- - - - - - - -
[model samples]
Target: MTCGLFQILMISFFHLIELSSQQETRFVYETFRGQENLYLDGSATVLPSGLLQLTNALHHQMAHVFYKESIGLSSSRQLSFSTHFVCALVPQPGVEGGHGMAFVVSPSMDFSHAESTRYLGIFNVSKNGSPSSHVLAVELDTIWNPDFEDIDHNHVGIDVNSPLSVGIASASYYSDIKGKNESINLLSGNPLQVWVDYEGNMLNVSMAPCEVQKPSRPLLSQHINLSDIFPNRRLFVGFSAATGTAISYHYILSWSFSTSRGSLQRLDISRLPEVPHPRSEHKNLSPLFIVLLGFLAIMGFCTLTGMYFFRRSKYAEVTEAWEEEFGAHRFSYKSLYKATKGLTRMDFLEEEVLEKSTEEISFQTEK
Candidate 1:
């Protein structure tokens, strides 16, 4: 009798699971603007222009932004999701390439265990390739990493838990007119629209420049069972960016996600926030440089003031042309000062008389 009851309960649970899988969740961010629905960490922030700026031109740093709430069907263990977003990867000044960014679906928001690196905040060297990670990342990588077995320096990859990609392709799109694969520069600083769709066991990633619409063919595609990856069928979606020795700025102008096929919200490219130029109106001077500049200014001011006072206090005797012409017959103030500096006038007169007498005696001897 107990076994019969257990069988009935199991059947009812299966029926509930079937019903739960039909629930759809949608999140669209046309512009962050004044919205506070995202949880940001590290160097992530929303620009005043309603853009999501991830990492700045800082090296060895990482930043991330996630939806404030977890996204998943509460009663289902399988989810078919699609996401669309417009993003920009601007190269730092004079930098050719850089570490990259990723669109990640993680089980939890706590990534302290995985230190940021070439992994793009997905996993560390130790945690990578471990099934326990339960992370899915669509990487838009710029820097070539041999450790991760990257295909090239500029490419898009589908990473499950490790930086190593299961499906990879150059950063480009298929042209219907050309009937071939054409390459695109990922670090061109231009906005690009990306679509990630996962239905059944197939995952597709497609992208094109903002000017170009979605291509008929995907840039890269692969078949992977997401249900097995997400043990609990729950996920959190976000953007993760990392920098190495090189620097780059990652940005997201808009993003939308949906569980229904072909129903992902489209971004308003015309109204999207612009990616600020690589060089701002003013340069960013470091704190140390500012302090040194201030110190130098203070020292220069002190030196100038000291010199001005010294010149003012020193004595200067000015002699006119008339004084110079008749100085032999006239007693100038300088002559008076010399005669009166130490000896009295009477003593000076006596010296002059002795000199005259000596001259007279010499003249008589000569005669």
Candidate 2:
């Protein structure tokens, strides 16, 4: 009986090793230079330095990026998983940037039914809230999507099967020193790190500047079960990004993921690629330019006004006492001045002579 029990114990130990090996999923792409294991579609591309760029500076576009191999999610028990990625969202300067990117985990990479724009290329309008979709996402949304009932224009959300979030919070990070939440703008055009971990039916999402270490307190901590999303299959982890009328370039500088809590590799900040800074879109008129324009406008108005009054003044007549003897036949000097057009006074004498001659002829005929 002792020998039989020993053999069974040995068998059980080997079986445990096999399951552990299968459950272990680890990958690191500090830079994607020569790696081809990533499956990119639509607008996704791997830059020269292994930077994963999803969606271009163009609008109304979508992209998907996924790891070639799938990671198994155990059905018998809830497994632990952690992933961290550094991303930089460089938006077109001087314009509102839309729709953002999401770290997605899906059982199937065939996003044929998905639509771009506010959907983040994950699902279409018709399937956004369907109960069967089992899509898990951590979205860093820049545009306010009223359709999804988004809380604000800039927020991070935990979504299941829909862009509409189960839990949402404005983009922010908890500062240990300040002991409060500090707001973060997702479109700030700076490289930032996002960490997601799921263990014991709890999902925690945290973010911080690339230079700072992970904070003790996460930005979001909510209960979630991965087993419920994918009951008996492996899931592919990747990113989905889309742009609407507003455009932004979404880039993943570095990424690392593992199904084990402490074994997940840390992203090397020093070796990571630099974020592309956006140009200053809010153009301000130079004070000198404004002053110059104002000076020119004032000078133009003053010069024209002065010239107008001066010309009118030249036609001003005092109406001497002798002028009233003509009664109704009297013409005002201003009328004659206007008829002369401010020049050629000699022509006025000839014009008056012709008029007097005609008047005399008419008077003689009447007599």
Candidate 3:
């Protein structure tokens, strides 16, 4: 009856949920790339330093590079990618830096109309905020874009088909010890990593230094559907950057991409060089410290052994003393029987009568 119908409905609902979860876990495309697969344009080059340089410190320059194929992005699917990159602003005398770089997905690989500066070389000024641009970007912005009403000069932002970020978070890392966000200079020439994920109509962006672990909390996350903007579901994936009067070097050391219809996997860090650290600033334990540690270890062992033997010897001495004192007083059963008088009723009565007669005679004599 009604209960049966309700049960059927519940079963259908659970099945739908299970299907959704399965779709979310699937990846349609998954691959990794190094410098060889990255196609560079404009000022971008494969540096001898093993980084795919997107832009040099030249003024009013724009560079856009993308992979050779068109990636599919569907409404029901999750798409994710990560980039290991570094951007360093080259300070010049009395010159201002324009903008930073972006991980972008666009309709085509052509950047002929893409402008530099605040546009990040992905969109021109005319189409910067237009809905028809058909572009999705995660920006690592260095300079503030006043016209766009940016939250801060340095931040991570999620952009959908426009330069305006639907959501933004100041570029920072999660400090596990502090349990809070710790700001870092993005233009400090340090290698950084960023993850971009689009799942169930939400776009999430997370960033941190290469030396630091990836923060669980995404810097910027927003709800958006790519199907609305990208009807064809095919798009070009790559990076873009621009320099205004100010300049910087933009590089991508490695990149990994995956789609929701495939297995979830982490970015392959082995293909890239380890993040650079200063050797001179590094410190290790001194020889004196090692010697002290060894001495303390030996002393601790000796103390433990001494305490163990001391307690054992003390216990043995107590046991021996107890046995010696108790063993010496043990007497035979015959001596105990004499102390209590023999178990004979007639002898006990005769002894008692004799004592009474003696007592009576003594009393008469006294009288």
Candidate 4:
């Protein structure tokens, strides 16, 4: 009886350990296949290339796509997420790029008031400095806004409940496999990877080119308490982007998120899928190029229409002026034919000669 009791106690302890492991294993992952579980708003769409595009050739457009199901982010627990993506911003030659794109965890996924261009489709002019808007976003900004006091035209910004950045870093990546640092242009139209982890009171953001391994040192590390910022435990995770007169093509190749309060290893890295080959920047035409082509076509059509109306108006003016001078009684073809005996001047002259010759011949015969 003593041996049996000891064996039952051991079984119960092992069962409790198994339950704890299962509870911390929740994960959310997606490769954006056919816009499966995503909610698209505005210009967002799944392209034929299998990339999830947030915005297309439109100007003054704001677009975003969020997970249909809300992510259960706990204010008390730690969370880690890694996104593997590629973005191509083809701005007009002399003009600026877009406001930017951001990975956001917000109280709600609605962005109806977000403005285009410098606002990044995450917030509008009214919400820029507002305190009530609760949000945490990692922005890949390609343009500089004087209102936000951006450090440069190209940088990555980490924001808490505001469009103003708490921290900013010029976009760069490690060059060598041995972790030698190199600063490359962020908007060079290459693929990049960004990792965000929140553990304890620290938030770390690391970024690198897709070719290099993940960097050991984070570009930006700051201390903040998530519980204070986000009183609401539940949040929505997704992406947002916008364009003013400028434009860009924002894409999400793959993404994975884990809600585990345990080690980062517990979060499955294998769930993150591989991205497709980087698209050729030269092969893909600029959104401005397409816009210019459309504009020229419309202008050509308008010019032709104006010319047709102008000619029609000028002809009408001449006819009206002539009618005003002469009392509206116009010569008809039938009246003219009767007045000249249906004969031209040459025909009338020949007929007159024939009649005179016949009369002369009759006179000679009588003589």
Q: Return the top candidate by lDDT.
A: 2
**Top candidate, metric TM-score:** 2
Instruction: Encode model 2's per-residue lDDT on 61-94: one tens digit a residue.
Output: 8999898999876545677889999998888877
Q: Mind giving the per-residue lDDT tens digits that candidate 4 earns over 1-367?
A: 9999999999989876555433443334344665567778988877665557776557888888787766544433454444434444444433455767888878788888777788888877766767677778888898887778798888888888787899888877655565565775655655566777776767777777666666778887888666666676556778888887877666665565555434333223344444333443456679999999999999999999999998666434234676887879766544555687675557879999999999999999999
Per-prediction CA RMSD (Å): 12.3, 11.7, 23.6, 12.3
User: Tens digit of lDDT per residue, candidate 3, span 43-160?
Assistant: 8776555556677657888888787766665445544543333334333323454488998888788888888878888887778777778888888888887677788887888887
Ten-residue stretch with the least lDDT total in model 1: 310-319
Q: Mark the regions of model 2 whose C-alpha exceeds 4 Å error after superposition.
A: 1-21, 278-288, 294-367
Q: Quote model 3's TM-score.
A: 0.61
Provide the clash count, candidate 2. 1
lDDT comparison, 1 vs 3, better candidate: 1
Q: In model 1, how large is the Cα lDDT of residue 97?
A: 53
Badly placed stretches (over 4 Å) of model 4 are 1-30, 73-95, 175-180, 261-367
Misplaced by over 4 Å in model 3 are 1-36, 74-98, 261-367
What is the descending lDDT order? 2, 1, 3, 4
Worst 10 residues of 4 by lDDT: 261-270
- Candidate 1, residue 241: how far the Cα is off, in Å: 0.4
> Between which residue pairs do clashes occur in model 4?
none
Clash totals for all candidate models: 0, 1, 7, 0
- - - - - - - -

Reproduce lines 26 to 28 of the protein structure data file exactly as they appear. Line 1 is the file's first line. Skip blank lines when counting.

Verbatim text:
Provide the clash count, candidate 2. 1
lDDT comparison, 1 vs 3, better candidate: 1
Q: In model 1, how large is the Cα lDDT of residue 97?